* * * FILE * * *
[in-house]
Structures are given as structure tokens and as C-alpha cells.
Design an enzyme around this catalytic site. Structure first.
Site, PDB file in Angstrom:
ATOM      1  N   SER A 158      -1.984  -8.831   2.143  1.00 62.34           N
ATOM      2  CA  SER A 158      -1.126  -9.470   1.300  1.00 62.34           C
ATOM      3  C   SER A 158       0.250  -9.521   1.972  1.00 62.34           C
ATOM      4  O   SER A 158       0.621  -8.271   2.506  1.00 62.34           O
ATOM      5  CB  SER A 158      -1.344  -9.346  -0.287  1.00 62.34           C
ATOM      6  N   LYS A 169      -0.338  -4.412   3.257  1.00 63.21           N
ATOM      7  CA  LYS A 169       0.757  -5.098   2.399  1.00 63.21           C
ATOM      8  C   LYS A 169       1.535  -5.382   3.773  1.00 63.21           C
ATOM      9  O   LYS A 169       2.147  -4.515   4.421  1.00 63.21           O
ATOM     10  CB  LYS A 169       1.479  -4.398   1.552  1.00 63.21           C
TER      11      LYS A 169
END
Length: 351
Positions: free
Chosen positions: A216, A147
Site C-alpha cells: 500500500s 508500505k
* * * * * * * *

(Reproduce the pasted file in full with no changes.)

[in-house]
Structures are given as structure tokens and as C-alpha cells.
Design an enzyme around this catalytic site. Structure first.
Site, PDB file in Angstrom:
ATOM      1  N   SER A 158      -1.984  -8.831   2.143  1.00 62.34           N
ATOM      2  CA  SER A 158      -1.126  -9.470   1.300  1.00 62.34           C
ATOM      3  C   SER A 158       0.250  -9.521   1.972  1.00 62.34           C
ATOM      4  O   SER A 158       0.621  -8.271   2.506  1.00 62.34           O
ATOM      5  CB  SER A 158      -1.344  -9.346  -0.287  1.00 62.34           C
ATOM      6  N   LYS A 169      -0.338  -4.412   3.257  1.00 63.21           N
ATOM      7  CA  LYS A 169       0.757  -5.098   2.399  1.00 63.21           C
ATOM      8  C   LYS A 169       1.535  -5.382   3.773  1.00 63.21           C
ATOM      9  O   LYS A 169       2.147  -4.515   4.421  1.00 63.21           O
ATOM     10  CB  LYS A 169       1.479  -4.398   1.552  1.00 63.21           C
TER      11      LYS A 169
END
Length: 351
Positions: free
Chosen positions: A216, A147
Site C-alpha cells: 500500500s 508500505k